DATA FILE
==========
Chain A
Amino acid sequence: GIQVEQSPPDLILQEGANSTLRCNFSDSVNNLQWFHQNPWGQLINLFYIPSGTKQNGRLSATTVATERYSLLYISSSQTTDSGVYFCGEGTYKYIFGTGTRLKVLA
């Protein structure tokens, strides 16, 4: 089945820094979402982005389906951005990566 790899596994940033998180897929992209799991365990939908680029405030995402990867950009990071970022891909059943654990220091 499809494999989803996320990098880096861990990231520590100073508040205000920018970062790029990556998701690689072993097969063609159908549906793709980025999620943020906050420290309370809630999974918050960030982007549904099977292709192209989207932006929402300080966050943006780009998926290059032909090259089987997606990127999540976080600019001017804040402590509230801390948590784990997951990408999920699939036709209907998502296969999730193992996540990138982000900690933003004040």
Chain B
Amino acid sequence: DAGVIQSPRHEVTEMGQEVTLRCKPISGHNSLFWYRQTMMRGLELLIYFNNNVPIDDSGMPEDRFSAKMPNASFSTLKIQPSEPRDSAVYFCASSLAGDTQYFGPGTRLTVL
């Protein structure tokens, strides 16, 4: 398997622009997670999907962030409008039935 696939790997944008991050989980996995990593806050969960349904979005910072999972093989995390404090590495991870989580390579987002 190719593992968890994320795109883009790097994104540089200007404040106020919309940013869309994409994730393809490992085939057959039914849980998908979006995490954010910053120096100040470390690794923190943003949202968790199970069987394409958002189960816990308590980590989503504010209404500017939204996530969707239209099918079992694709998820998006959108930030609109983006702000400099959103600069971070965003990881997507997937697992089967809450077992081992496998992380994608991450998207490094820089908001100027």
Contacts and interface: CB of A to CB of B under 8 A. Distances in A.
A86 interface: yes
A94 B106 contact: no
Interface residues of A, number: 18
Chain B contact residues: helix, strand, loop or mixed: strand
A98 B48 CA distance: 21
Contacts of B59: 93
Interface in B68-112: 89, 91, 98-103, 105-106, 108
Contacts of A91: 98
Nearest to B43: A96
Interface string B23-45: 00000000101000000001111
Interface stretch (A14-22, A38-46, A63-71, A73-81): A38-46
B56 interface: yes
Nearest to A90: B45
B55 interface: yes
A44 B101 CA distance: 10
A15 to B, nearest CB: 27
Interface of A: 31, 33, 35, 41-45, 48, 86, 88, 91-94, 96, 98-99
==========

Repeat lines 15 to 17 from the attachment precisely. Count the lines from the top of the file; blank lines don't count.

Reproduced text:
Contacts of A91: 98
Nearest to B43: A96
Interface string B23-45: 00000000101000000001111